Cancer waiting time target missed in Wales despite pledge

By James Williams BBC News Wales 29th May 2013:

“Waiting time targets for urgent cancer cases in Wales are still being missed, despite a pledge they would be met by March. The Welsh government target is for 95% of patients to see a specialist in 62 days, but the latest figure is 84%. Abertawe Bro Morgannwg University Health Board had 69.9% of patients start treatment in time while Aneurin Bevan achieved 98%. The Welsh government said most patients are seen within the target…..”

Most patients means over 50% – is that good enough? The problem with cancer is that it is so diverse, and whilst target groups which have had lots of money like breast cancer do well, rarer cancers like thyroid or kidney have much more variable courses – they are not in specific target groups. If we rationed out high volume cheap services (paracetamol) we would have more money to ensure all cancers were treated quickly. It is pertinent that Wales does not have choice. I doubt if the trusts which fail to meet the targets are offering their patients alternatives, as in England.

The politicians need to answer this question. “Are there any services which are so cheap that they feel all patients, whatever their circumstances, should pay for?” If there are, then at what level of finance? My opening suggestion is equivalent to two pints of beer and a packet of 20 cigarettes, which would of course increase with inflation!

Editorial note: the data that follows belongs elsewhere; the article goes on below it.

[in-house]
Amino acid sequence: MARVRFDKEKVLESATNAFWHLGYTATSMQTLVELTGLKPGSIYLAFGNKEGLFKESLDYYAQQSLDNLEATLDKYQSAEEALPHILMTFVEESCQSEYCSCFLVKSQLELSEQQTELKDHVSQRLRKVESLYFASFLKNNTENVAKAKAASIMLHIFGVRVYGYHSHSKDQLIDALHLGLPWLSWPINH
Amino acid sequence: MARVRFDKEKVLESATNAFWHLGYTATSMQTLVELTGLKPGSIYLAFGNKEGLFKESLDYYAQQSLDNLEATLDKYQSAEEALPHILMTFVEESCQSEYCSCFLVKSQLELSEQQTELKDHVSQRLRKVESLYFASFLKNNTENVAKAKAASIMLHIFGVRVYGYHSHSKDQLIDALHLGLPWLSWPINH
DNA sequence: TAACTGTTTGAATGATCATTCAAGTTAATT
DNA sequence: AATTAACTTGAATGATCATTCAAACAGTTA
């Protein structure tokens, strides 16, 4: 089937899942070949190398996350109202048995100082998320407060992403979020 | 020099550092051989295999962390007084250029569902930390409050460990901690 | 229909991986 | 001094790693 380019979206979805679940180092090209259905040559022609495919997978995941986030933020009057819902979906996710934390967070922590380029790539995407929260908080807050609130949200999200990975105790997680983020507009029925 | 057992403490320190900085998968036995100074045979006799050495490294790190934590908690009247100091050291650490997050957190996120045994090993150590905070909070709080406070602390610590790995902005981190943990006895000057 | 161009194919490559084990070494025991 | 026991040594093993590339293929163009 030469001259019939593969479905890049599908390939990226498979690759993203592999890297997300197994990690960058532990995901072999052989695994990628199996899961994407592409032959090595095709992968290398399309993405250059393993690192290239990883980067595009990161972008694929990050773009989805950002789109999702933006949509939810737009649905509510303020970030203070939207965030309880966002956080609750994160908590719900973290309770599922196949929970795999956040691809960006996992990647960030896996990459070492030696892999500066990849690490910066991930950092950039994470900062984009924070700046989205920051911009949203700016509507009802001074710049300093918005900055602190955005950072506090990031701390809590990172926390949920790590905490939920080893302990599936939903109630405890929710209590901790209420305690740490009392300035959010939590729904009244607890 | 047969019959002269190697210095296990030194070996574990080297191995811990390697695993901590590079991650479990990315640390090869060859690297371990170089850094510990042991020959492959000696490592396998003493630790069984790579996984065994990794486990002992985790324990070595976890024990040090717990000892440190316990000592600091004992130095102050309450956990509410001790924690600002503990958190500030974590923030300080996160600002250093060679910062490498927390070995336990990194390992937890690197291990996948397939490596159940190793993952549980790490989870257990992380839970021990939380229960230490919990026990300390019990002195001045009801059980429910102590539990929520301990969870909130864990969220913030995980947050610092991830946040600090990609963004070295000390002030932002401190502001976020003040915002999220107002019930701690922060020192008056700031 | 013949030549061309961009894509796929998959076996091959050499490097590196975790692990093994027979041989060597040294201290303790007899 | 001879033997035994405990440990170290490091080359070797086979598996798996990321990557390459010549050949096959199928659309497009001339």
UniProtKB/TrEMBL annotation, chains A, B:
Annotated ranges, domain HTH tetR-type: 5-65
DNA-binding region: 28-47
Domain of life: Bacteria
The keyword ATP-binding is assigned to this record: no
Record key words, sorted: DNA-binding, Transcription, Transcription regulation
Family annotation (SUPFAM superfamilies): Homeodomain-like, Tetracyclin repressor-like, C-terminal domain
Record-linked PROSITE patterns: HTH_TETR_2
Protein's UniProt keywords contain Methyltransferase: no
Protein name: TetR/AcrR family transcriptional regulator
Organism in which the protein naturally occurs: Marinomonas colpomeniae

This entry was posted in A Personal View, Patient representatives, Rationing, Stories in the Media on by .

About Roger Burns - retired GP

I am a retired GP and medical educator. I have supported patient participation throughout my career, and my practice, St Thomas; Surgery, has had a longstanding and active Patient Participation Group (PPG). I support the idea of Community Health Councils, although I feel they should be funded at arms length from government. I have taught GP trainees for 30 years, and been a Programme Director for GP training in Pembrokeshire 20 years. I served on the Pembrokeshire LHG and LHB for a total of 10 years. I completed an MBA in 1996, and I along with most others, never had an exit interview from any job in the NHS! I completed an MBA in 1996, and was a runner up for the Adam Smith prize for economy and efficiency in government in that year. This was owing to a suggestion (St Thomas' Mutual) that practices had incentives for saving by being allowed to buy rationed out services in the following year.

1 thought on “Cancer waiting time target missed in Wales despite pledge

  1. John D

    The problem with targets is that in most cases they only give a crude measure of performance and usually only tell part of the story. What is not revealed is how long the patients who missed the target had to wait for their treatment to start. Then of course there is the type of treatment – is it the best that is available for the situation? Take as an example the most common cancer affecting men in the UK – prostate cancer. The NHS Choices website mentions over ten interventions. Would the same patient be offered the same intervention no matter where they lived in the UK – I think not.


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